- Understanding of the investment thesis – It’s important for a third-party advisor to have a firm understanding of why the buyer is interested in an asset. This is because the time allocated for due diligence is limited, and, with that limited time, third-party advisors need to choose where to focus their investigation. Often times companies are multi-faceted, perhaps providing both products and services, for example. If the investment thesis centers around the company’s product, it’s prudent for the due diligence to focus primarily on the product, with a reduced emphasis on the services part of the business.
- Identifying and answering the key questions – Often times, a third-party advisor is brought in to conduct due diligence is because the buyer doesn’t have the level of knowledge or expertise necessary to answer the questions they have about the asset. A strong due diligence partner will identify those questions with the buy-side ahead of time and ensure everything gets answered through the diligence sessions and in the resulting report.
Benefits of a third-party due diligence partner
Having a strong due diligence partner is essential for the right outcomes, as articulated above. The right partner should bring to the process deep experience and expertise in the space. For example, at Cuesta we leverage teams with decades of experience as engineers, consultants, and technology leaders. An ideal partner will bring that collective experience into each deal and use that expertise to inform recommendations, call out risks, and identify opportunities for cost savings and efficiencies.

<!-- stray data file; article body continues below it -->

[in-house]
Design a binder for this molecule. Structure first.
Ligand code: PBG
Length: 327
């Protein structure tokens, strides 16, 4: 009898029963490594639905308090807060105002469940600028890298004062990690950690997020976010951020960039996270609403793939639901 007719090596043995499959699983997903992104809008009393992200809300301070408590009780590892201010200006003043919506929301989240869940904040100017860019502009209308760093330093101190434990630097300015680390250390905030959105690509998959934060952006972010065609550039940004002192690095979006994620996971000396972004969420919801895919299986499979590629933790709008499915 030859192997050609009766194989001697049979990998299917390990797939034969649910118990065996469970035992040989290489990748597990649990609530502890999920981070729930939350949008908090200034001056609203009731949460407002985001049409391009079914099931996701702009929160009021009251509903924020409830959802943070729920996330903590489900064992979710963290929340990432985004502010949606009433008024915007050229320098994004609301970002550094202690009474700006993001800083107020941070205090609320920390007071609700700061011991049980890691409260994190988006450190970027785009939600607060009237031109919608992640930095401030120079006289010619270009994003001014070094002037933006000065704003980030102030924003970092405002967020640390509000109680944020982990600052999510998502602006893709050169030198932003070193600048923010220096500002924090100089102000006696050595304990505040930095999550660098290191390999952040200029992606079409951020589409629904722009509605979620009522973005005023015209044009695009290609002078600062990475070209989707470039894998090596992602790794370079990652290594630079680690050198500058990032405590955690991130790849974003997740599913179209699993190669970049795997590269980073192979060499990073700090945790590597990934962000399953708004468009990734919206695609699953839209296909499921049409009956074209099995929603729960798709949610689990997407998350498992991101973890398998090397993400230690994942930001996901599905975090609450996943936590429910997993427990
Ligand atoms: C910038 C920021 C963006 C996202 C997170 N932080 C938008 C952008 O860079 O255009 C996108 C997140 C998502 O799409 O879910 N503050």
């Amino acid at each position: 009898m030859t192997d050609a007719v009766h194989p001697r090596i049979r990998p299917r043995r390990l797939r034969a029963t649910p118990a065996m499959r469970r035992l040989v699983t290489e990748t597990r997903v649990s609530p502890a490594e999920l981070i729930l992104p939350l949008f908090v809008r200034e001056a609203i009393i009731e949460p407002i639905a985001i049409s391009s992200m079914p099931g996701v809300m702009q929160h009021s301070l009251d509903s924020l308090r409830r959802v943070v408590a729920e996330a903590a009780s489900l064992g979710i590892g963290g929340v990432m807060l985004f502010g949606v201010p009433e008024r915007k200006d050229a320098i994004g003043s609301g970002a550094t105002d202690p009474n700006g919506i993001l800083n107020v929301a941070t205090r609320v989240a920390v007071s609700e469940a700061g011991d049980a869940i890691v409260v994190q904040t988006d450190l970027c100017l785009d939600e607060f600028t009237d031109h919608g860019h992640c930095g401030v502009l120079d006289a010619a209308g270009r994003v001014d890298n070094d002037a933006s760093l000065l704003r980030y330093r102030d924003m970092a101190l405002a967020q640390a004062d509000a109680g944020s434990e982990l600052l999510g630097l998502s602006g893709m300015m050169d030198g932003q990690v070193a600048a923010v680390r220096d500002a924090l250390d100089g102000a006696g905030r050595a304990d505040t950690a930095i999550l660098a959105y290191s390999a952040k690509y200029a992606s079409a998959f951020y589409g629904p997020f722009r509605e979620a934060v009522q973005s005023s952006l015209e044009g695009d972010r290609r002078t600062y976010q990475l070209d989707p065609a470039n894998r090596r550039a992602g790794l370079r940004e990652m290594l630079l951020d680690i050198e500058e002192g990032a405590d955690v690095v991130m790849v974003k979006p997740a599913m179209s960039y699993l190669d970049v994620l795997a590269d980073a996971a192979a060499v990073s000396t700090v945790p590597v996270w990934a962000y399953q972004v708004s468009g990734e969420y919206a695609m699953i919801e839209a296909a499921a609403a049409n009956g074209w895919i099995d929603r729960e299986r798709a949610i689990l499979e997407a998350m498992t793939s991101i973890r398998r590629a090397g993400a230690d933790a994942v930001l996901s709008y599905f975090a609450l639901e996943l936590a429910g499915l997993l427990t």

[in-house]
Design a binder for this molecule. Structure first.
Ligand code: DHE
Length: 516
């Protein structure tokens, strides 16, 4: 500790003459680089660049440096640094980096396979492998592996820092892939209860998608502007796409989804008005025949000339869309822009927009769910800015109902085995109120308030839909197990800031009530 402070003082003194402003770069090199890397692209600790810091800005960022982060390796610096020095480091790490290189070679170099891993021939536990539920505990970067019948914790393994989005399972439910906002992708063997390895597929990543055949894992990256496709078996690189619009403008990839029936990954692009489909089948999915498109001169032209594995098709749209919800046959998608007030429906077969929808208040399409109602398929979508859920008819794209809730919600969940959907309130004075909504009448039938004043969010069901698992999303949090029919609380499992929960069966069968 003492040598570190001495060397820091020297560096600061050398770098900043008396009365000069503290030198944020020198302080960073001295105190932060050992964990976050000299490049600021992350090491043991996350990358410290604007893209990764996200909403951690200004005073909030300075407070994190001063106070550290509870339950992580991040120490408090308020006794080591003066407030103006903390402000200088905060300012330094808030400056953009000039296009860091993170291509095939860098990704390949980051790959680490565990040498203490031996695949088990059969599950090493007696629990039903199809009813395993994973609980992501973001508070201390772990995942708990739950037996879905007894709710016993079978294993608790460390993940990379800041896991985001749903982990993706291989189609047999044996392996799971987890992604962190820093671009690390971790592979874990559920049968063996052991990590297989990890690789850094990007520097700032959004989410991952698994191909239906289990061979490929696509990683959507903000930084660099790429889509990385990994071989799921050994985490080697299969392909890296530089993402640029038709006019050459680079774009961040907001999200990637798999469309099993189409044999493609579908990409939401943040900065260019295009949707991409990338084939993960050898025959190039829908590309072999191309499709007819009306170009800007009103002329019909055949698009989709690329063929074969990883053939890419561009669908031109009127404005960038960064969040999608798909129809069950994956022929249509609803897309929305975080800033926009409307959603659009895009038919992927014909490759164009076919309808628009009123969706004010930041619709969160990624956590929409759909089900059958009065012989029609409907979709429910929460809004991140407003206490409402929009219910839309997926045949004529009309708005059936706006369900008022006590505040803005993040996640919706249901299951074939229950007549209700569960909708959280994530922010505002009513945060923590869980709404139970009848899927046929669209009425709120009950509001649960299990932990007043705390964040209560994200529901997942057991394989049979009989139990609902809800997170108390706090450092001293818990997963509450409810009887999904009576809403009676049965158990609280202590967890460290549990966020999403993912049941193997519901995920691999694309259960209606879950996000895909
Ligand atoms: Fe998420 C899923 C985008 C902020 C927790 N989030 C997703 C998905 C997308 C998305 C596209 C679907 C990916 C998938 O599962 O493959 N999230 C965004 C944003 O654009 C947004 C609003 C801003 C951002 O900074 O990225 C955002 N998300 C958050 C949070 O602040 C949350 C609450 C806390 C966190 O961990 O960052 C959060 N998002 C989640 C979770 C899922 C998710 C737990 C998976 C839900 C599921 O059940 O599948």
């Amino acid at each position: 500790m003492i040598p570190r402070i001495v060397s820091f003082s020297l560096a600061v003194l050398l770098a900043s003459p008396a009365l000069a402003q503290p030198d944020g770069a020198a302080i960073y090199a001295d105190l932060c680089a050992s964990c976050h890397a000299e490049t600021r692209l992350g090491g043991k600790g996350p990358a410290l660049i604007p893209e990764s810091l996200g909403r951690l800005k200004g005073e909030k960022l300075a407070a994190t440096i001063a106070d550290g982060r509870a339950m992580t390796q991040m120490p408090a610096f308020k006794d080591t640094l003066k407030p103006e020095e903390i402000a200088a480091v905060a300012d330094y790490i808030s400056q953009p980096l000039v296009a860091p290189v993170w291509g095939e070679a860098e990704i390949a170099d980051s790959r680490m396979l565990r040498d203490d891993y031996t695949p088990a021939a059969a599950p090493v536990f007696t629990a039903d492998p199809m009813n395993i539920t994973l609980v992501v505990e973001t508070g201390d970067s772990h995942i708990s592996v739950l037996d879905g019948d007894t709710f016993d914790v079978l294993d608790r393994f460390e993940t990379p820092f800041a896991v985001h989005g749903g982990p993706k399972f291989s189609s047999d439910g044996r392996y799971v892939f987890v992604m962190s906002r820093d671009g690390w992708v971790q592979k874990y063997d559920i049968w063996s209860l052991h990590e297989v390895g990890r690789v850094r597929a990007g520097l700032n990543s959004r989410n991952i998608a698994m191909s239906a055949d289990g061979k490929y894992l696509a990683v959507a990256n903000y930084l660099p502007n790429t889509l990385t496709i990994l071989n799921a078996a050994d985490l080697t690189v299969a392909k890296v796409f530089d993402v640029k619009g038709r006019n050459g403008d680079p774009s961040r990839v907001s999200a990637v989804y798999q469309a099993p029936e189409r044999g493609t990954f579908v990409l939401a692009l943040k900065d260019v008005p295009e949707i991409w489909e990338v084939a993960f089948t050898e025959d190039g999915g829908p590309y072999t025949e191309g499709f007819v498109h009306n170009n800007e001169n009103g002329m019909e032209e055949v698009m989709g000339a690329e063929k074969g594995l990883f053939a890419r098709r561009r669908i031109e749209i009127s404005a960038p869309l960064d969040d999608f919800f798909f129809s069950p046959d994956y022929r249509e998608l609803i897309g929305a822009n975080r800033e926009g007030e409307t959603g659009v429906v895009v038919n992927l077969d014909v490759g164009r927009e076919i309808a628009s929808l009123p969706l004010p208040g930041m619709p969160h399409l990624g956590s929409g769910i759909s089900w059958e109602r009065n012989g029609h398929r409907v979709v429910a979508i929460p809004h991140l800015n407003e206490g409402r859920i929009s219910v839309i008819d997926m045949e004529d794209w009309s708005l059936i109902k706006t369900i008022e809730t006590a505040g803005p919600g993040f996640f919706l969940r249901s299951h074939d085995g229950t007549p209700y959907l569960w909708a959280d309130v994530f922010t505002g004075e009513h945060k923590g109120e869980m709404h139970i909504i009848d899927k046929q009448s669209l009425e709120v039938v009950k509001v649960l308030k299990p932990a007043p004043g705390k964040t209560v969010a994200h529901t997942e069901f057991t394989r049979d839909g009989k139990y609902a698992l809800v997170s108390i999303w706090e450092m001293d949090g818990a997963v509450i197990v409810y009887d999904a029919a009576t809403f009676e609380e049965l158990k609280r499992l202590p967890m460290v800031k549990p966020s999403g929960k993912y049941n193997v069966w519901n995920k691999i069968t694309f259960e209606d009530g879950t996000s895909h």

For a well-credentialed partner, they should bring a repeatable process that is both comprehensive and efficient, which requires less time from the sell-side and ensures that no key aspects are overlooked. Finally, the right partner will bring a rich understanding of the space, which brings important benefits for all parties involved.
Our team at Cuesta is made up of technologists, so we’re able to empathize with the sell-side and seek to not only understand what technology choices they’ve made but why they’ve made them. Rather than running through a bunch of yes/no checklists, it’s important a partner can appropriately contextualize the company’s technology landscape and compare it against best practices for companies in that industry and of that size and maturity.
Insights and value creation at the core
While every due diligence report is wide-sweeping, touching on every component of a target’s tech stack, often the most valuable part of a given engagement is the deal-specific qualitative and quantitative insights that are produced. Some recent highlights of Cuesta’s due diligence engagements include:
- Identifying $2M in synergies related to tech personnel for merging entities.
- Creating a go-forward ERP consolidation plan for a $5B merged entity with 27 ERP instances.
- Estimating line item-level costs for both upgrading EOL infrastructure and performing a lift-and-shift to the cloud.
- Designing a stand-alone cost model for a divested entity across all technology domains and personnel for a manufacturing/aerospace firm.
- Outlining the go-forward systems architecture of a $500M merger of EdTech companies.
I hope you’ve found the approach and overview here interesting, and I look forward to your thoughts and questions on this exciting topic!